Katelyn’s story: Thriving after 3 knee surgeries
Tuesday, August 9, 2016
Katelyn Peterson is proof of the power of perseverance.
She blew out her left knee, tearing the ACL, MCL and meniscus during warmups for her first varsity volleyball match as a sophomore at Mishicot High School in the fall of 2005.
As a high school senior, she blew out her right knee during a varsity basketball game in the winter of 2008. Same deal. The same two major ligaments torn, along with the meniscus, or cartilage.
Two years out of high school, in 2010, still bothered by her knees, she found out the menisci were again torn in both knees.
“I felt like I would never be able to run, jump, bike. I felt like I was just lucky if I could walk again,” said Peterson, 26, who’s always been active.
“The goal is to help individuals recover from injury and to restore their desired level of activity,” Henry said. “Katelyn accomplished her goal and got back to an active lifestyle. She’s been a success story.”
The knee injuries also shaped Peterson’s career choice. She’s now a physical therapist at Aurora Rehabilitation Center in Manitowoc.
“I specialize in sports medicine rehabilitation and I am able to relate and empathize with my patients because of my previous experience,” said Peterson, who earned a doctor of physical therapy degree at the University of Wisconsin. Simply put, it’s her passion. Peterson does running analysis and has worked with professional athletes on running mechanics and sports rehabilitation.
But after that first knee injury as a high school sophomore, “I really didn’t know what I was in for,” Peterson said.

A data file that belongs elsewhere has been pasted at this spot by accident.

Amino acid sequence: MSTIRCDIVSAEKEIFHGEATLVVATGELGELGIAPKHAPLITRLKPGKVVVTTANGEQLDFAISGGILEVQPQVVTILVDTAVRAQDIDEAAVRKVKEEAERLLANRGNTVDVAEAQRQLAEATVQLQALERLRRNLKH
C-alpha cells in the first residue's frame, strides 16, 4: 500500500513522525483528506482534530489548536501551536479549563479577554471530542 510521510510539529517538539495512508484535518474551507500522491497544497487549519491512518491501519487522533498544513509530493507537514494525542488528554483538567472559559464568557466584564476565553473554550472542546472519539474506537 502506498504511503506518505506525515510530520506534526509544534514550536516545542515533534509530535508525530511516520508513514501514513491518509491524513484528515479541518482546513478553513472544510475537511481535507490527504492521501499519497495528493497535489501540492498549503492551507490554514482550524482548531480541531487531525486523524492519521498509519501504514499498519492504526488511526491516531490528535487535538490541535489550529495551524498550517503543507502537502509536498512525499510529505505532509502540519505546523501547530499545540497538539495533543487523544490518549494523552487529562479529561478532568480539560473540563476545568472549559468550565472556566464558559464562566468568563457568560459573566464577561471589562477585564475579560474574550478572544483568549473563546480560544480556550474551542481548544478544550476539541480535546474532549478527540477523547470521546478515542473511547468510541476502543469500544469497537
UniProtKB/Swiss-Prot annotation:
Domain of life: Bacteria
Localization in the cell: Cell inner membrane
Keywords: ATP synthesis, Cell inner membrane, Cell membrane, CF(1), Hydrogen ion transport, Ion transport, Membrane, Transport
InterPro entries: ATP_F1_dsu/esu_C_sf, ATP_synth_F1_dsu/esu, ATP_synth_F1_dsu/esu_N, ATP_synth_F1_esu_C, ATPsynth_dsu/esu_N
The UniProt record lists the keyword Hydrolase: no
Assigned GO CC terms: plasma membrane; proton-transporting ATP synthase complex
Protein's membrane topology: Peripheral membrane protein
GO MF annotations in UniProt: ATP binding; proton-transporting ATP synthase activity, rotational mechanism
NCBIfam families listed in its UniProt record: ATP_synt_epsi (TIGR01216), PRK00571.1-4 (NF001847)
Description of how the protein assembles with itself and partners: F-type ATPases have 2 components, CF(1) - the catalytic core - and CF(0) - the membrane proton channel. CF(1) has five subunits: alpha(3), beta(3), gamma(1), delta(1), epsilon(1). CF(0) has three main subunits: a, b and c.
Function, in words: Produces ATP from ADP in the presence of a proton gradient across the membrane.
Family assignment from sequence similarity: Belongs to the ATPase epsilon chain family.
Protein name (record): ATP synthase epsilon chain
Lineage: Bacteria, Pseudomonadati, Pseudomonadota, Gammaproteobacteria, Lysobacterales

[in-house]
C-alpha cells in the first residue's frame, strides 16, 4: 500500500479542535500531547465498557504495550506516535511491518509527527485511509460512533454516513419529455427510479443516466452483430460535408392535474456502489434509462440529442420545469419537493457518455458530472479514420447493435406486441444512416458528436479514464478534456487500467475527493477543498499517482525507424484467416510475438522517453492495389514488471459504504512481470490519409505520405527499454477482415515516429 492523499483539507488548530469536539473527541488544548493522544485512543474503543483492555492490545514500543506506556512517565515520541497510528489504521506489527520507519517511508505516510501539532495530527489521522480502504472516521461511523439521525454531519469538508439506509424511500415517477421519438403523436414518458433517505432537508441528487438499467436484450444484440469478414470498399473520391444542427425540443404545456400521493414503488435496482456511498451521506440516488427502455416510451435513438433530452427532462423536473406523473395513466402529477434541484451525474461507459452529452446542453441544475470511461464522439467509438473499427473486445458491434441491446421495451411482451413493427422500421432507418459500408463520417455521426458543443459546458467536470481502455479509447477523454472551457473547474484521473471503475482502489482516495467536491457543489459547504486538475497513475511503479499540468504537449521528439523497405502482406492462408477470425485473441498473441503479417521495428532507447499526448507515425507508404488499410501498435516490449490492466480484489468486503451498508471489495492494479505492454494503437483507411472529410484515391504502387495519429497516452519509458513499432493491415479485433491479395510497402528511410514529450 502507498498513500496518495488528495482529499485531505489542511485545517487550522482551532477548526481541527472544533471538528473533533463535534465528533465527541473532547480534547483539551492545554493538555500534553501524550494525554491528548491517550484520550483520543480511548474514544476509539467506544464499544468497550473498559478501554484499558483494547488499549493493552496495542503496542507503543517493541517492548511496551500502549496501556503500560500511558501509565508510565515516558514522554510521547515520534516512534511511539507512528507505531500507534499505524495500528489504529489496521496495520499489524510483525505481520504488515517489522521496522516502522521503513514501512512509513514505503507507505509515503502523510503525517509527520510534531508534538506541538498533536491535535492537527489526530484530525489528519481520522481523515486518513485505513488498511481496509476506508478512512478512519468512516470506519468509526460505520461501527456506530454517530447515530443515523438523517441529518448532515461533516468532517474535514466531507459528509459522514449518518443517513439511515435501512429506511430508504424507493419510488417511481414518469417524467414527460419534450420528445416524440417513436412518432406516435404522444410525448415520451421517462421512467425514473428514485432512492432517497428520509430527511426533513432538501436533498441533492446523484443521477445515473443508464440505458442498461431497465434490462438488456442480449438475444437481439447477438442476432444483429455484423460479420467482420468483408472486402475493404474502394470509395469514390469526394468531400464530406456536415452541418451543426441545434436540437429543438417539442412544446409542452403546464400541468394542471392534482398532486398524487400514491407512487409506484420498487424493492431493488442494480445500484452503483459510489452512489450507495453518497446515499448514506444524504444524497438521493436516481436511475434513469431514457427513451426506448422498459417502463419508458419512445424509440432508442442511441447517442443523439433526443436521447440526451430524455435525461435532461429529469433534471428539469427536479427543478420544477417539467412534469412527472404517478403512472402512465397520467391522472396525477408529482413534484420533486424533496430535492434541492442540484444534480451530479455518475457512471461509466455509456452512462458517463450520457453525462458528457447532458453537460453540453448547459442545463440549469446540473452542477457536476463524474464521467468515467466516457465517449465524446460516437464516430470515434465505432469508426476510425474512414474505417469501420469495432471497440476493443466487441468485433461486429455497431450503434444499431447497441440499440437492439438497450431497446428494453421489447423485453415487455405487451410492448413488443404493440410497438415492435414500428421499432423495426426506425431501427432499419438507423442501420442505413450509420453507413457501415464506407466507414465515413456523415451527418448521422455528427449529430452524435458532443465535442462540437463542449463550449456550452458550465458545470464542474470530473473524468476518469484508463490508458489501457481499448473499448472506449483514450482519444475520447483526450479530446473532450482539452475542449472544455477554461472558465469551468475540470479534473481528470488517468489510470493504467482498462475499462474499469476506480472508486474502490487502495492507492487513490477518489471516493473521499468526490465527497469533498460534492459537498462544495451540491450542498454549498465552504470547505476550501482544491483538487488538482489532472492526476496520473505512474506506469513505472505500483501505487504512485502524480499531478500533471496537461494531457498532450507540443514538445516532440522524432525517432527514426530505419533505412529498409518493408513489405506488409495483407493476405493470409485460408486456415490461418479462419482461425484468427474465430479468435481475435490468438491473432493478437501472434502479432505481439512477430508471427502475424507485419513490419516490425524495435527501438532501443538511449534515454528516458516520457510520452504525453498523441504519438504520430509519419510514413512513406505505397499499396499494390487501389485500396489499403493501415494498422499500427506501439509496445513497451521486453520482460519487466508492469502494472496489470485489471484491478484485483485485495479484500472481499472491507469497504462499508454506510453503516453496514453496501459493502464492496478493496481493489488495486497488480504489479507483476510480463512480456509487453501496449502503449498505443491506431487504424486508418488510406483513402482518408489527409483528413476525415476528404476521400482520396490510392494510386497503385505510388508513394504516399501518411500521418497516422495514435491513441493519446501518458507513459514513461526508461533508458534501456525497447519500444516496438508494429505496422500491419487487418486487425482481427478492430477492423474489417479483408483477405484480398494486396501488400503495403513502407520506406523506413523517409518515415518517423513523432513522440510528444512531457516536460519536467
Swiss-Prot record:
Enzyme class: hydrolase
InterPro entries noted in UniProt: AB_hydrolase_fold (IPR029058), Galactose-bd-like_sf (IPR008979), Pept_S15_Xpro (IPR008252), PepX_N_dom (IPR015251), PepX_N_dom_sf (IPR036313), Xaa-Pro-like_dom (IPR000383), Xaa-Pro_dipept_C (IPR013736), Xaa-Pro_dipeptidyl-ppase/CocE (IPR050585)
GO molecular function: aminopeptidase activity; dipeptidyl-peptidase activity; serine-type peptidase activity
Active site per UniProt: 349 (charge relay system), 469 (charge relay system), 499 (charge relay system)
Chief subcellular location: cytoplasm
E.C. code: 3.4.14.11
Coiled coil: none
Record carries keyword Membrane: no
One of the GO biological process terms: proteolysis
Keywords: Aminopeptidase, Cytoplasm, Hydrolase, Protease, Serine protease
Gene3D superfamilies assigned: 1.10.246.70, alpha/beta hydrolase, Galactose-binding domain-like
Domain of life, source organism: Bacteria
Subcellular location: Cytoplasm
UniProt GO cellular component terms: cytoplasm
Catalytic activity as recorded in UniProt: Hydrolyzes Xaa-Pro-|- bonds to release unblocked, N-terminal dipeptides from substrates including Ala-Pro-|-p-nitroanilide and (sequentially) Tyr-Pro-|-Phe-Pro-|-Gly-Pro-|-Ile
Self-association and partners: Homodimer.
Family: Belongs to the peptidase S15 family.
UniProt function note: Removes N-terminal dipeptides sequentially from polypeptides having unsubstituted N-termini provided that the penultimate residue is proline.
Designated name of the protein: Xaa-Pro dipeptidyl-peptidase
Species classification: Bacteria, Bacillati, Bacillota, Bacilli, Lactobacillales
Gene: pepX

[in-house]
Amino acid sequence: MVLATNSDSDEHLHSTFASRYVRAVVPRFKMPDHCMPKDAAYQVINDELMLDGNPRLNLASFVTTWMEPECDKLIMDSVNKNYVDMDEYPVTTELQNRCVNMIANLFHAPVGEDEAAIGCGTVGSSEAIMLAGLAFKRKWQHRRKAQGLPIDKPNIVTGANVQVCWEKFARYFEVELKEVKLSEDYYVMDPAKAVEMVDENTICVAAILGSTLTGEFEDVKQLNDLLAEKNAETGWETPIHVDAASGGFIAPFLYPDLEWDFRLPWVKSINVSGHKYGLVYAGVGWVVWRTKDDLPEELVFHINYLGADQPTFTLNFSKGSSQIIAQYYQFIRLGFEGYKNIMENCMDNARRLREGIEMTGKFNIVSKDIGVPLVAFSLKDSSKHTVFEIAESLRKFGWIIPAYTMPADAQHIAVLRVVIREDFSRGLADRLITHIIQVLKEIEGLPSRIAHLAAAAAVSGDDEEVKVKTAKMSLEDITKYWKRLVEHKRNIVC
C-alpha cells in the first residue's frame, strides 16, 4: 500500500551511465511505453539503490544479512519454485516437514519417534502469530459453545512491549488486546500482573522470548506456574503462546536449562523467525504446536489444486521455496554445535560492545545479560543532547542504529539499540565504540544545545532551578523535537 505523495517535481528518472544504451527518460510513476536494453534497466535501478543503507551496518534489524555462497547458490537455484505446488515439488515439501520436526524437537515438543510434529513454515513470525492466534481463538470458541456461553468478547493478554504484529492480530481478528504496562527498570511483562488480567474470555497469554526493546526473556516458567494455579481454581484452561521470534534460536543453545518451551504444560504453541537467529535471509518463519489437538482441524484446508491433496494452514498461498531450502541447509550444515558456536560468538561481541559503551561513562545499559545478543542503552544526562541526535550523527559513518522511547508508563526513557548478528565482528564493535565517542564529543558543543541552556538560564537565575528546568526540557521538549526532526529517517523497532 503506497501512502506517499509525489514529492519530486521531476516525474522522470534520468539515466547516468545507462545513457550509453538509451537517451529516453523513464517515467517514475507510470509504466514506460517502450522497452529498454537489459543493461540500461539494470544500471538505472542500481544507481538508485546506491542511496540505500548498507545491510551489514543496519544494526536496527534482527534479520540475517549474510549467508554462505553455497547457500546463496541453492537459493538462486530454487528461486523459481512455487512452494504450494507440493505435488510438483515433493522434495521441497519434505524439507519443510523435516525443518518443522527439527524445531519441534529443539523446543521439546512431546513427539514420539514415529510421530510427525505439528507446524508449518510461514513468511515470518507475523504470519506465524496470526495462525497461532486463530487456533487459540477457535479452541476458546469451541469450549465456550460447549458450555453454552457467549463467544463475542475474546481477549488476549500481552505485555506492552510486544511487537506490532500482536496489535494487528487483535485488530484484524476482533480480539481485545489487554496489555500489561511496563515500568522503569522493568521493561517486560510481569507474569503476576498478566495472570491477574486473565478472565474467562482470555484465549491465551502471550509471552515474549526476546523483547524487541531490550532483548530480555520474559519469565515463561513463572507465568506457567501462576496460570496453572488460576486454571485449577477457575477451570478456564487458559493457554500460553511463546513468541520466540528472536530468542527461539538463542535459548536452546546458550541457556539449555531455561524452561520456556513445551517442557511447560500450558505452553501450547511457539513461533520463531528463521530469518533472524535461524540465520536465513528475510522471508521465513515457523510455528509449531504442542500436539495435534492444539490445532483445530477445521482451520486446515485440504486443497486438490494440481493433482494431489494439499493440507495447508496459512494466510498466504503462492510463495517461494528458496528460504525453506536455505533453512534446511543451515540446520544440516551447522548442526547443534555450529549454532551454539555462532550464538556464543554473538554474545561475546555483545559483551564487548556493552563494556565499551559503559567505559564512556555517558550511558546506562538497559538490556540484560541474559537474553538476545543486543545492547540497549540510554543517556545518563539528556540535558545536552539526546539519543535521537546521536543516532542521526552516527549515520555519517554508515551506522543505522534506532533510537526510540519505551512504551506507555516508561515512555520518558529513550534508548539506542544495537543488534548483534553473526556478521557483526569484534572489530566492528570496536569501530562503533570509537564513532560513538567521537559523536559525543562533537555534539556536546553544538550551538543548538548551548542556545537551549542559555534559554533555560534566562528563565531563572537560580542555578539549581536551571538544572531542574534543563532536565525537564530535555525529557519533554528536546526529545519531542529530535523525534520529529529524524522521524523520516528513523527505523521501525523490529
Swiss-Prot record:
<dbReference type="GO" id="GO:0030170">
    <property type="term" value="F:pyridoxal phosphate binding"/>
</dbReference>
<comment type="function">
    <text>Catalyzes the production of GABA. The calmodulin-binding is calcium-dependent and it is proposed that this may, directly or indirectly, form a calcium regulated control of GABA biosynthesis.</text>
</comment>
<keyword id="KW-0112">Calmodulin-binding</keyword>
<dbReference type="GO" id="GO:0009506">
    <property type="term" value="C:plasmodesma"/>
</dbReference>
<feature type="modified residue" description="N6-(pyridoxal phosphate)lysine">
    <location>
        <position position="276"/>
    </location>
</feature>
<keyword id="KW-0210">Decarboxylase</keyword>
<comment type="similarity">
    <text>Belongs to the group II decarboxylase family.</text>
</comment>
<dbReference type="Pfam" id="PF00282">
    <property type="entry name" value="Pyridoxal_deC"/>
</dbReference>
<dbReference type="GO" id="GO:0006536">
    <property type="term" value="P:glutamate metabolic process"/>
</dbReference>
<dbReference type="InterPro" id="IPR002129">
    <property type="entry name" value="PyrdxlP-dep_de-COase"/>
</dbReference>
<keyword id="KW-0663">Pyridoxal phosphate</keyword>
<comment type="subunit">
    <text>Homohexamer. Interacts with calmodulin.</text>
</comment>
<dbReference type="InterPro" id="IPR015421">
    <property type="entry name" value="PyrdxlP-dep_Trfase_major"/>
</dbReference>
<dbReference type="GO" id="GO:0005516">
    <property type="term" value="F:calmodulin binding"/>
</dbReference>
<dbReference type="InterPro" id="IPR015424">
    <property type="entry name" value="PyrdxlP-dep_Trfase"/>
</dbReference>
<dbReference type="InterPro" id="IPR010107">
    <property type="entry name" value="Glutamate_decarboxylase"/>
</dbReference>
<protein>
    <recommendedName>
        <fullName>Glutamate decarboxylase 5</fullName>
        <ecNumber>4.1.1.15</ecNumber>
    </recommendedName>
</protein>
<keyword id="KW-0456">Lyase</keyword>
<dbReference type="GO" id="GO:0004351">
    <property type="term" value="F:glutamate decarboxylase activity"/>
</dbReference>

Once the swelling goes down after ACL surgery, patients work to regain motion and restore their level of confidence in the knee. They work to strengthen muscles around the knee, along with strengthening the hips and the core, all to provide stability for the knee.
After the second knee injury, Peterson knew immediately what she’d be facing.
“When you do it once, you never forget that feeling,” she said.
But the torn menisci after high school, well, that was a bit of a mystery.
“I couldn’t run. My knees would always just be killing me. After that I went to Dr. Henry and asked ‘What’s going on here?’,” Peterson said.
Henry solved that mystery, detecting the meniscal tears.
“Katelyn experienced some mechanical irritation within the knee related to the torn meniscus, which was fixed by arthroscopic surgery,” Henry said.
Peterson, who lives in Denmark, is indeed back in action.
“Now I cross-train, bike and run. I’m back to running. I run 3 to 6 miles every other day.”
Running, she says, is “a stress reliever for me. … I like to be outside.”
Henry endorses her approach.
“She’s done the right things recovering from her knee injuries. It’s important to keep moving, stay active and maintain muscle function.”
Dr. Jon Henry sees patients in Manitowoc, Green Bay and Chilton. To request an appointment, call 877-229-2273 or do so online.